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how to choose the right combination of shutter and f number

husamahmad
Apprentice
 
4 REPLIES 4

cicopo
Elite

See

 

http://www.canonoutsideofauto.ca/

"A skill is developed through constant practice with a passion to improve, not bought."

I just saw this. Thanks for posting.

ScottyP
Authority
A CORRECT exposure is one that gives a properly illuminated image by selecting the 3variables in the "exposure triangle" of shutter speed, aperture (f/number) and ISO setting (sensor sensitivity).

There are usually about 6 correct exposures for any image.

It is up to the photographer to pick the RIGHT exposure from among all the possible CORRECT exposures to give he look he wants.

The shutter and the aperture both affect how much light the sensor gets. The Shutter does this by leaving the camera open a longer or shorter time. The aperture does it by opening up wider or pinching down narrower. You can trade one against the other and get the same amount of light in your exposure. Double the time the shutter is open and you can halve the opening size (aperture). Or switch that around and double the aperture opening size in order to let you cut the time the shutter is open in half. This ability to trade one against the other is called "equivalence".

The reason you would pick one possible correct exposure instead of another is to find the "right" one for your desired look. The shutter speed and aperture affect the look of the image in certain ways. Aperture dictates the depth of field in focus. Shutter speed either prevents or allows motion blur.

APERTURE: A low f/number is a wide aperture, and it produces a narrow depth of field in focus, to force attention on your subject and away from background or foreground elements. A high f/number is a narrow aperture opening, and it gives you a deep depth of field, where everything in your image may be in sharp focus if that is what you want.

SHUTTER SPEED: A short shutter time will freeze action. A long shutter time will allow blur, so moving water looks like smoke, or so people walking through your shot of a public building/monument don't even appear in the image because they didn't stay in one spot long though to register an image.

To make the swapping of shutter speed for aperture opening size easy to do, they measure both in units called "stops", which are doubling or halving the amount of light. You can trade one stop of shutter time for one stop of aperture size (or 2 for 2, or 5 for 5, etc., etc.) and your exposure is still correct, but you get the effect you are looking for whether it be a certain depth of field or whether it be a sharp freeze of motion or deliberately created blur.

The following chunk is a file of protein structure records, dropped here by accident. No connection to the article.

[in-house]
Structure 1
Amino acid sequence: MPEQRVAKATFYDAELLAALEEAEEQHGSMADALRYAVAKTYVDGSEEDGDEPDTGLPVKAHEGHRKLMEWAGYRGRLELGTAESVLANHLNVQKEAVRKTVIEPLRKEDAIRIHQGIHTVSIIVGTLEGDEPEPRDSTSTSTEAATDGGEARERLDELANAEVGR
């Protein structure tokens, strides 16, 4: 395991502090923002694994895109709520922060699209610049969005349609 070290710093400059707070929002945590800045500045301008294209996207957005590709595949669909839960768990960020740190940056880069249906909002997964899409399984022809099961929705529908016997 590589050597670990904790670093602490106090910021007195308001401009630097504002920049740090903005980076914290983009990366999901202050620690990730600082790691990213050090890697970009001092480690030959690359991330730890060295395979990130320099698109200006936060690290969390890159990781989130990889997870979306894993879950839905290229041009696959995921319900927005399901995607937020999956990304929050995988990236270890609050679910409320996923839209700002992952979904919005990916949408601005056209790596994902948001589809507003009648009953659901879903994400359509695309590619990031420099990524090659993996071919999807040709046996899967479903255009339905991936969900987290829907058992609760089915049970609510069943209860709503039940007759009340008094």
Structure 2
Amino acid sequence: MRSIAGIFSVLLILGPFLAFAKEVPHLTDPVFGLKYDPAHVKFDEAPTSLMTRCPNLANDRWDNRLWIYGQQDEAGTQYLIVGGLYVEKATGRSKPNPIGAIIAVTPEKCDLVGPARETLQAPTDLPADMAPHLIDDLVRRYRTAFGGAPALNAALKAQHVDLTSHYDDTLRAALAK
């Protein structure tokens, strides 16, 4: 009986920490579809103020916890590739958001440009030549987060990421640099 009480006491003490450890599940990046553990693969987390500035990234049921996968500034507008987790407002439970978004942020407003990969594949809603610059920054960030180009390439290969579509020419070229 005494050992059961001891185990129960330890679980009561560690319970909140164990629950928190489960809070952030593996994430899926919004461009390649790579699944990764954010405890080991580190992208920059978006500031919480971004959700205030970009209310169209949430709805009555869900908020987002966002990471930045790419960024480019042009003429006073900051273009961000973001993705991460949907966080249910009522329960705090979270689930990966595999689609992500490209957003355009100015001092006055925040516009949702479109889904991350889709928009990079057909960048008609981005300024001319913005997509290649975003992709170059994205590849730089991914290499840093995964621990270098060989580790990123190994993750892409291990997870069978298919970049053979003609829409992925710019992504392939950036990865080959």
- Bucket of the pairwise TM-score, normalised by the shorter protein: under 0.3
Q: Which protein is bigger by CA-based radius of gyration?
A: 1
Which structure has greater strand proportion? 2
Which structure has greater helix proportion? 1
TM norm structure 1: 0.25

Scott

Canon 5d mk 4, Canon 6D, EF 70-200mm L f/2.8 IS mk2; EF 16-35 f/2.8 L mk. III; Sigma 35mm f/1.4 "Art" EF 100mm f/2.8L Macro; EF 85mm f/1.8; EF 1.4x extender mk. 3; EF 24-105 f/4 L; EF-S 17-55mm f/2.8 IS; 3x Phottix Mitros+ speedlites

Why do so many people say "FER-tographer"? Do they take "fertographs"?

As far as how to use this, I would use shutter priority (TV mode) when shutter speed is most critical to the look I wanted, and I would use aperture priority (AV mode) when depth of field in focus is most important to the look I am after.

In TV mode you set shutter speed and the camera then selects the aperture needed to give a correct exposure. You may need a fast shutter (1/640th, or 1/1000th of a second, for example) to freeze a football player so you set that speed. Or you may put the camera on a tripod and set a long shutter opening time (like 30 seconds for example) to turn a waterfall into a cool river of smoke.

In AV mode you pick an aperture (f/number) and the camera figures out the right shutter speed for you so you have a correct exposure. You might set a low f/number (a wide aperture) so your little girl's eyes are in sharp focus but everything else is out of focus so viewers are paying attention to her eyes. Or you may really want to shoot a city street scene where everything is in sharp focus, from the car right in front of the camera to the building 3 blocks away, so you pick a narrow aperture (high f/number) for that.
Scott

Canon 5d mk 4, Canon 6D, EF 70-200mm L f/2.8 IS mk2; EF 16-35 f/2.8 L mk. III; Sigma 35mm f/1.4 "Art" EF 100mm f/2.8L Macro; EF 85mm f/1.8; EF 1.4x extender mk. 3; EF 24-105 f/4 L; EF-S 17-55mm f/2.8 IS; 3x Phottix Mitros+ speedlites

Why do so many people say "FER-tographer"? Do they take "fertographs"?
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